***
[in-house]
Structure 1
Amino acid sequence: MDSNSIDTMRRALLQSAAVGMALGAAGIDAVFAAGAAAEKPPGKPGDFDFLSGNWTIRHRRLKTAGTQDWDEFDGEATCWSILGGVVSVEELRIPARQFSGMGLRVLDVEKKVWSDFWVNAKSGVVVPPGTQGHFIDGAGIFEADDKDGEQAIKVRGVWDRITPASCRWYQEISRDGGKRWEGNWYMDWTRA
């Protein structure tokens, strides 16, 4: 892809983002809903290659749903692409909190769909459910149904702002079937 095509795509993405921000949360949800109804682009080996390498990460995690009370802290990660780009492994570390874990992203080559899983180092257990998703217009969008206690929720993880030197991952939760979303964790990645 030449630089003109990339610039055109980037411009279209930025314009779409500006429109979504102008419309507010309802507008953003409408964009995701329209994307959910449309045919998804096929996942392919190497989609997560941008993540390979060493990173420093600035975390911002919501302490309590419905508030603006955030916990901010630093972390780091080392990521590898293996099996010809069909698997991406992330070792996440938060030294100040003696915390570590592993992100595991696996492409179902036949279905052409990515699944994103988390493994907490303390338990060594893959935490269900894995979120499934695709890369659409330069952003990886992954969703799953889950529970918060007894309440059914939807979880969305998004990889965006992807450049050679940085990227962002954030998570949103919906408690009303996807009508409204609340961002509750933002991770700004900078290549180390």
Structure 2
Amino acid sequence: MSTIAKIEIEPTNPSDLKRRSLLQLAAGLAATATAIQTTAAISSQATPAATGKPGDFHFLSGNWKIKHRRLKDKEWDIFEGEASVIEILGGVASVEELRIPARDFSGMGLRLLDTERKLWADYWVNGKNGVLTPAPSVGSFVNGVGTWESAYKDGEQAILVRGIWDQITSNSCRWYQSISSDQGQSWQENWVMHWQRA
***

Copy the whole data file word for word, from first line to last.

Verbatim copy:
[in-house]
Structure 1
Amino acid sequence: MDSNSIDTMRRALLQSAAVGMALGAAGIDAVFAAGAAAEKPPGKPGDFDFLSGNWTIRHRRLKTAGTQDWDEFDGEATCWSILGGVVSVEELRIPARQFSGMGLRVLDVEKKVWSDFWVNAKSGVVVPPGTQGHFIDGAGIFEADDKDGEQAIKVRGVWDRITPASCRWYQEISRDGGKRWEGNWYMDWTRA
């Protein structure tokens, strides 16, 4: 892809983002809903290659749903692409909190769909459910149904702002079937 095509795509993405921000949360949800109804682009080996390498990460995690009370802290990660780009492994570390874990992203080559899983180092257990998703217009969008206690929720993880030197991952939760979303964790990645 030449630089003109990339610039055109980037411009279209930025314009779409500006429109979504102008419309507010309802507008953003409408964009995701329209994307959910449309045919998804096929996942392919190497989609997560941008993540390979060493990173420093600035975390911002919501302490309590419905508030603006955030916990901010630093972390780091080392990521590898293996099996010809069909698997991406992330070792996440938060030294100040003696915390570590592993992100595991696996492409179902036949279905052409990515699944994103988390493994907490303390338990060594893959935490269900894995979120499934695709890369659409330069952003990886992954969703799953889950529970918060007894309440059914939807979880969305998004990889965006992807450049050679940085990227962002954030998570949103919906408690009303996807009508409204609340961002509750933002991770700004900078290549180390």
Structure 2
Amino acid sequence: MSTIAKIEIEPTNPSDLKRRSLLQLAAGLAATATAIQTTAAISSQATPAATGKPGDFHFLSGNWKIKHRRLKDKEWDIFEGEASVIEILGGVASVEELRIPARDFSGMGLRLLDTERKLWADYWVNGKNGVLTPAPSVGSFVNGVGTWESAYKDGEQAILVRGIWDQITSNSCRWYQSISSDQGQSWQENWVMHWQRA